9. Raw Potatoes
Uncooked potatoes contain solanine, which is toxic to dogs. The levels of solanine in the potato go down when cooked, which is why we previously thought cooked potatoes were safe.
However, it seems that white potatoes may be linked to canine dilated cardiomyopathy (DCM), which is a heart condition. The FDA is currently studying the role of many fillers in grain-free dog foods to determine why they’ve been linked to an increased risk of heart disease.
Therefore, I would personally avoid feeding potatoes altogether until the FDA can fully study DCM and we know its cause.
While they aren’t toxic, peas are possibly linked to DCM in dogs. They might be okay in small amounts–current studies are focused on peas being used as a filler in grain-free dog foods.
Nevertheless, I recommend avoiding them until we have more information. It’s simply not worth the risk when other great veggies won’t hurt our furry friends.
11. Hot Peppers
Also, not technically toxic, hot peppers can irritate your dog’s mouth, throat, and digestive system. Dogs can’t tolerate spicy foods and also don’t enjoy eating them.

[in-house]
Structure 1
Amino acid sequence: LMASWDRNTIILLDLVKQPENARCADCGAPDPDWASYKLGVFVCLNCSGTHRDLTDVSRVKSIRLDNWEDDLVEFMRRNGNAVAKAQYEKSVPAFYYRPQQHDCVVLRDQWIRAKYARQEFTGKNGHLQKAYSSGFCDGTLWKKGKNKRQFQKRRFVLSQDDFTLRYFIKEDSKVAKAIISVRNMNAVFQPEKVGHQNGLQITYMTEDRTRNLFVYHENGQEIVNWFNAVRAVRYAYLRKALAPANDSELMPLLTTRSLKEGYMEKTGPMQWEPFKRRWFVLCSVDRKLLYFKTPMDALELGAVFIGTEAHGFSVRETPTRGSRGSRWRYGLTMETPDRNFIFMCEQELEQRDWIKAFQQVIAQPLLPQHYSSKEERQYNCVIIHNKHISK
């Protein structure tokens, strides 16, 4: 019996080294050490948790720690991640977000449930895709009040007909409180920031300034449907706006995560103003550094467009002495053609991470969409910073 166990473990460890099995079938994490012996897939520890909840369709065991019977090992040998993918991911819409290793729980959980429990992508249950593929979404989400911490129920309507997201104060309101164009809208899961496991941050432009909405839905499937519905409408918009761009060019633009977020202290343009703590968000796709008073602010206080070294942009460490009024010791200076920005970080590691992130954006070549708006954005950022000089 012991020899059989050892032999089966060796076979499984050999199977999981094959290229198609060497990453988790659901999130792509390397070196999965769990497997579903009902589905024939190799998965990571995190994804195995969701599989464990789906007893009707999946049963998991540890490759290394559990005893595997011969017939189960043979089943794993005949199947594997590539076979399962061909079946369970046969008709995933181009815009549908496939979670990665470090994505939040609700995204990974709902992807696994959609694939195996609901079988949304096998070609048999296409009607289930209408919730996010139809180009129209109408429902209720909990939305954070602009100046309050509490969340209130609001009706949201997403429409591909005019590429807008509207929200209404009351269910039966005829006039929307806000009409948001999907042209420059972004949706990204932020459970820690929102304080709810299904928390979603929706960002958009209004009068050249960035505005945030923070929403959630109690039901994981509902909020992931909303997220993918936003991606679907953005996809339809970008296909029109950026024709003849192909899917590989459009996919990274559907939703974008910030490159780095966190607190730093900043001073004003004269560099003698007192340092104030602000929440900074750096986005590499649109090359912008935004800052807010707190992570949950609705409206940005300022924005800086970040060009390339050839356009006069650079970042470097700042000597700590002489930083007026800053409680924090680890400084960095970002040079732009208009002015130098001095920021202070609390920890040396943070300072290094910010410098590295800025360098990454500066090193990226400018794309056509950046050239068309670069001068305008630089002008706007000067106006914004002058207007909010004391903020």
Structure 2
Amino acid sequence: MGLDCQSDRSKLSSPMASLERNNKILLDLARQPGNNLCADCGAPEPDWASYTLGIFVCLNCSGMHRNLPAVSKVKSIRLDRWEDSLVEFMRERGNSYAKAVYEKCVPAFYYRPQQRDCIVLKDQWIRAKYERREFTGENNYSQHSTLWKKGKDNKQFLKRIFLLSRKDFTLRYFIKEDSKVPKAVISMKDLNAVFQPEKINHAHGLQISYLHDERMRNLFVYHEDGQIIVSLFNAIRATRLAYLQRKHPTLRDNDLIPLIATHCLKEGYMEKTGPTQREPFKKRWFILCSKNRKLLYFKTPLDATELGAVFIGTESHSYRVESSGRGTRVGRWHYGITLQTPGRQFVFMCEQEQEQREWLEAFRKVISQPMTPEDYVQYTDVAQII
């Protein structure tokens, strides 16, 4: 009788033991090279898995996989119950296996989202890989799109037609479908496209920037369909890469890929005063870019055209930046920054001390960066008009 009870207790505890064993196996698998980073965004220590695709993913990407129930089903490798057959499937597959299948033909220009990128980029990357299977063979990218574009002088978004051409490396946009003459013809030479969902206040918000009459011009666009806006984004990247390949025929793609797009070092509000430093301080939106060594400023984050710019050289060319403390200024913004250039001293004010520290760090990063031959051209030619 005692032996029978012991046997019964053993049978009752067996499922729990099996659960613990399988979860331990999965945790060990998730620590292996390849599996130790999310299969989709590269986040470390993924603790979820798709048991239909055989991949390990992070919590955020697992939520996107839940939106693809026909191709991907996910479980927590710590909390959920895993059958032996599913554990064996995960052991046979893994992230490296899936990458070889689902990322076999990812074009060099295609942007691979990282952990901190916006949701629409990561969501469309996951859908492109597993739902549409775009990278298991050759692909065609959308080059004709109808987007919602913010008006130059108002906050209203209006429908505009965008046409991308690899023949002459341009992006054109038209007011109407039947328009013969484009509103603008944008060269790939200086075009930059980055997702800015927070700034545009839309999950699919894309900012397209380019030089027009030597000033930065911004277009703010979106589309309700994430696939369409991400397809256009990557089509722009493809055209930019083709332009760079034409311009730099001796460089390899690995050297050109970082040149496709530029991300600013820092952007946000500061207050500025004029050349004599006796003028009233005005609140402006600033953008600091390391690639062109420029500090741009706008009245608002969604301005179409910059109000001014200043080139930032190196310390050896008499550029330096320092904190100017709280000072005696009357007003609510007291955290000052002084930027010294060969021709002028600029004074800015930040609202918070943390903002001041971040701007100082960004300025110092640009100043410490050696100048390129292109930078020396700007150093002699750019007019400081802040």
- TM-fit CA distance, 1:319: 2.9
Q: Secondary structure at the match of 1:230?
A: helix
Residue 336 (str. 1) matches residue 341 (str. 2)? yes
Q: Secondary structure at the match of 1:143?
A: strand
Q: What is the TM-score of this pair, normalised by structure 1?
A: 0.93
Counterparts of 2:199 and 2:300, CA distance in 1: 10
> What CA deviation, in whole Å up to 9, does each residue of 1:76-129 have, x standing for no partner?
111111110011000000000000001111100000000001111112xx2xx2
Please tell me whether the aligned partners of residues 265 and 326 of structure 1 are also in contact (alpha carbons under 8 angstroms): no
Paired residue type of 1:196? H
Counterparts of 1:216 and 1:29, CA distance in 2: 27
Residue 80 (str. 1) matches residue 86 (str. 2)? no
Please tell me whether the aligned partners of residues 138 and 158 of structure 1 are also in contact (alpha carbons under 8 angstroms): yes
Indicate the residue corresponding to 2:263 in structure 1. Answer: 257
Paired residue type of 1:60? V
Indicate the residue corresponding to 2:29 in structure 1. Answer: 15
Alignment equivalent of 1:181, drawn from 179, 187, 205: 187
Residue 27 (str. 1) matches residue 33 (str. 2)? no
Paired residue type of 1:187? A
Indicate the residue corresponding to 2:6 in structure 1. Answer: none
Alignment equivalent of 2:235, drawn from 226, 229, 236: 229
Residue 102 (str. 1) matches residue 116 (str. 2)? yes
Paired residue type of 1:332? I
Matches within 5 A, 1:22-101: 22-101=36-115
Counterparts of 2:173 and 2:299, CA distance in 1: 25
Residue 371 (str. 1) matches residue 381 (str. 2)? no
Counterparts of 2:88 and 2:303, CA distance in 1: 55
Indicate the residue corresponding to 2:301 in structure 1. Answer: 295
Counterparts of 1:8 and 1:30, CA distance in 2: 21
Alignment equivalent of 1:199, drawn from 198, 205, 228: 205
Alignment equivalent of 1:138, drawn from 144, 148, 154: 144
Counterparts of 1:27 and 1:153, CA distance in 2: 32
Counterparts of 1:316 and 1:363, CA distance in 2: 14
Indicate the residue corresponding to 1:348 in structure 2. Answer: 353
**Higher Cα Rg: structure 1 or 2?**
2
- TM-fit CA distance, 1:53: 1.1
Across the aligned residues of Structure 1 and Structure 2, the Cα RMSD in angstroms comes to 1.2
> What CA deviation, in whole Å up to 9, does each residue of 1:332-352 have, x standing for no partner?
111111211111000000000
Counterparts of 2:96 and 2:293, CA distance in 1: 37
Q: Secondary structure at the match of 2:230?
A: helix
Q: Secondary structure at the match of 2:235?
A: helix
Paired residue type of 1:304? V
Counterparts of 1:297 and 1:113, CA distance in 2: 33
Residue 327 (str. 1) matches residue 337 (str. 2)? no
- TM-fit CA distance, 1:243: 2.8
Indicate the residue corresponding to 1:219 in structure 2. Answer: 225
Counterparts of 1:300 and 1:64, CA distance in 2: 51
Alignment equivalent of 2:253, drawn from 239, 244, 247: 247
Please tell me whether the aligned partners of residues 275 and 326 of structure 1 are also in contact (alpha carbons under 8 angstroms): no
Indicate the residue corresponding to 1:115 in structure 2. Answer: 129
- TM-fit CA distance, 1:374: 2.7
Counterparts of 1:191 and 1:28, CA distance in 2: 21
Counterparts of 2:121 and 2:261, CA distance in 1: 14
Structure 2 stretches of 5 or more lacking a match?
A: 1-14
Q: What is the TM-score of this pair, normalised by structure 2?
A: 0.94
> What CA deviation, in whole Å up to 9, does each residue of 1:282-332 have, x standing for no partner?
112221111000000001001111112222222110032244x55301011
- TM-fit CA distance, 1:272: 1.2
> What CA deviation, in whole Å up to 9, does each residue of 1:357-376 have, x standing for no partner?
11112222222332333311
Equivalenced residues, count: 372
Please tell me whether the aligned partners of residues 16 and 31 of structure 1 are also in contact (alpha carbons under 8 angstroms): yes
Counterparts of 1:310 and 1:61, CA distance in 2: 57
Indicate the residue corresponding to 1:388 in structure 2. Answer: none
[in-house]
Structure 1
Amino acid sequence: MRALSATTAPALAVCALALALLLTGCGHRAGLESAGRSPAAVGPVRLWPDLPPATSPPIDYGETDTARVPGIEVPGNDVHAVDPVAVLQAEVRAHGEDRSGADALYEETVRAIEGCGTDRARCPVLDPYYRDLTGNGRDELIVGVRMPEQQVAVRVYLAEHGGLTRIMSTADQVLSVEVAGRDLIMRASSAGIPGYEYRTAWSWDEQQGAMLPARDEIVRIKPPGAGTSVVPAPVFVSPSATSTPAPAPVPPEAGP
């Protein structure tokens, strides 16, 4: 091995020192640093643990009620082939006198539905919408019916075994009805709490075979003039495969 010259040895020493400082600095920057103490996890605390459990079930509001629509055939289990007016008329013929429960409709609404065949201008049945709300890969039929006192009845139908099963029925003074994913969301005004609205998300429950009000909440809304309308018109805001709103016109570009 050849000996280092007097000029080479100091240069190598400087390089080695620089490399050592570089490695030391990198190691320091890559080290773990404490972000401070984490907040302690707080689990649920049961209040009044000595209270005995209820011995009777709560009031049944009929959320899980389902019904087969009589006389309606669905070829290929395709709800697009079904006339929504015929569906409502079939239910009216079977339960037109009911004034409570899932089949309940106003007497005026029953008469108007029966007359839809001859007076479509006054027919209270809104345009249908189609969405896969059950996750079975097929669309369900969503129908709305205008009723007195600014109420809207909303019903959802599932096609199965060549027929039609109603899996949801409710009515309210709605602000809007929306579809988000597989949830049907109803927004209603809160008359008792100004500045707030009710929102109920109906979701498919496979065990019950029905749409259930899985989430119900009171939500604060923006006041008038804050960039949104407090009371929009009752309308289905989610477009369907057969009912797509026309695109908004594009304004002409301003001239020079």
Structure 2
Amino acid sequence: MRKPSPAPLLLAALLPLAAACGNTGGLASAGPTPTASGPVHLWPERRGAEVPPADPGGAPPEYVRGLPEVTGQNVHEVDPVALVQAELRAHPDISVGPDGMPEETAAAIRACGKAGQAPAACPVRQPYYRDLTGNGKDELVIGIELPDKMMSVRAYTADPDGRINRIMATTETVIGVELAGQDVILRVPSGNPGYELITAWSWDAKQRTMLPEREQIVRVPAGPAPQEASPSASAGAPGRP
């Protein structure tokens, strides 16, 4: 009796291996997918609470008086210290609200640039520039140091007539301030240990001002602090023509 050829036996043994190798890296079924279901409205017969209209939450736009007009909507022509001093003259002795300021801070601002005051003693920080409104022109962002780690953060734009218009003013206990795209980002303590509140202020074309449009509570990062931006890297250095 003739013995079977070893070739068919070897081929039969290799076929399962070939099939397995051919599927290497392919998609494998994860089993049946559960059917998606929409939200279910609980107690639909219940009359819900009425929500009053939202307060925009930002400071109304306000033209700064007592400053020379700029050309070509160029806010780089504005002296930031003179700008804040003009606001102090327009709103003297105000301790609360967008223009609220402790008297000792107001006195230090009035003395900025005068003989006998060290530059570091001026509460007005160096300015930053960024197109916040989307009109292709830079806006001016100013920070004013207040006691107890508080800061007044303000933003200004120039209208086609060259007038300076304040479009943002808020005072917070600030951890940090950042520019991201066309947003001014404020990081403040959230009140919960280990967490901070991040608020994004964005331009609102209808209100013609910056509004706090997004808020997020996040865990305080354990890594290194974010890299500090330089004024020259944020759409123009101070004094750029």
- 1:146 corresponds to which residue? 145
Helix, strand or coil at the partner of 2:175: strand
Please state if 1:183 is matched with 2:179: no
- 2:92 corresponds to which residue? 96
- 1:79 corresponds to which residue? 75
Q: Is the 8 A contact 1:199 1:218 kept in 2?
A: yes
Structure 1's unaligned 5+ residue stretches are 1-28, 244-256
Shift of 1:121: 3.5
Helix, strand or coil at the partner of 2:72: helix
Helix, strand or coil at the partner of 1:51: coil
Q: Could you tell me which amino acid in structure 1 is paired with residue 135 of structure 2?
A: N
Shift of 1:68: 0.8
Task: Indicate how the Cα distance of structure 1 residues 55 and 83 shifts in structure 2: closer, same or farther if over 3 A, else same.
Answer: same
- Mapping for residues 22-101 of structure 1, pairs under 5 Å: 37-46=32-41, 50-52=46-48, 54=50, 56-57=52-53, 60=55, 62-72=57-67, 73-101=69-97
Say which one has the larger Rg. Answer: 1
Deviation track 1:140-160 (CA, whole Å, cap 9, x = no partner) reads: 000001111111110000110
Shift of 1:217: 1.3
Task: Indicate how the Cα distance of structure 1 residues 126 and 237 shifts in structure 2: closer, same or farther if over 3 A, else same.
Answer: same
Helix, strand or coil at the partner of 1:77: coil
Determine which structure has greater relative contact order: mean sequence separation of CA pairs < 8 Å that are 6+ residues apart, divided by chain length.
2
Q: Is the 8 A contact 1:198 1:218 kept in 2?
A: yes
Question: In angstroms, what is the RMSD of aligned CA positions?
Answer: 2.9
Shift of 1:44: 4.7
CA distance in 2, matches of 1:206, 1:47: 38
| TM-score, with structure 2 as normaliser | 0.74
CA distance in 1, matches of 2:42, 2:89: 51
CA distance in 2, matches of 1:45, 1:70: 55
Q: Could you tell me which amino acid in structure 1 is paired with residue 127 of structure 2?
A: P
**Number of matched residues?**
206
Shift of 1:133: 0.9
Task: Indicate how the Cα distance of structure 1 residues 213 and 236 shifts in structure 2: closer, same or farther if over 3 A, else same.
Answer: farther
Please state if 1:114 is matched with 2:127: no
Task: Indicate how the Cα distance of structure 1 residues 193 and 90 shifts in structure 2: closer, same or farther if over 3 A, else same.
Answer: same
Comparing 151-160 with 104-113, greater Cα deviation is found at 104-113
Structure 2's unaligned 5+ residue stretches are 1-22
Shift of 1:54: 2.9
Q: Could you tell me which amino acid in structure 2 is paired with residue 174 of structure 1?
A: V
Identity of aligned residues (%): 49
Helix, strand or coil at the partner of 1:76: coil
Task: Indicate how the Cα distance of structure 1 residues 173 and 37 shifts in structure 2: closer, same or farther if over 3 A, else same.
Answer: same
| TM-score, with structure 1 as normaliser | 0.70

Therefore, please avoid feeding hot peppers. Also, keep your dog out of the veggie garden if you’re growing pepper plants, as the leaves and stems are toxic to them.
Bell peppers and other sweet peppers are mostly okay for dogs, but please research the individual type of pepper to ensure you’re feeding one that’s safe.
What Vegetables Are Safe To Feed Dogs?
Luckily, there are a variety of dog-safe vegetables that we can turn to instead of the ones on this list. Vegetables make great healthy snacks for dogs, alongside fruits and small pieces of cooked unseasoned meat.
Some of the tastiest veggies to feed your dog include sweet potatoes, pumpkin, and carrots. Sweet potatoes contain large amounts of vitamin A, while pumpkin contains fiber to help regulate a dog’s digestive system.
Carrots are a favorite snack of many dogs. They can be fed in small pieces, which is preferable for small dogs and puppies. Large dogs can also eat them like they would a chew–some people even freeze them to make them a bit tougher.
This can keep your dog occupied, but please remember to always supervise your dog. If they try to swallow large pieces or the entire carrot, take it away and avoid giving them chews in the future.
Summary Of The 11 Vegetables That Can Poison Your Dog And Are Not Safe To Eat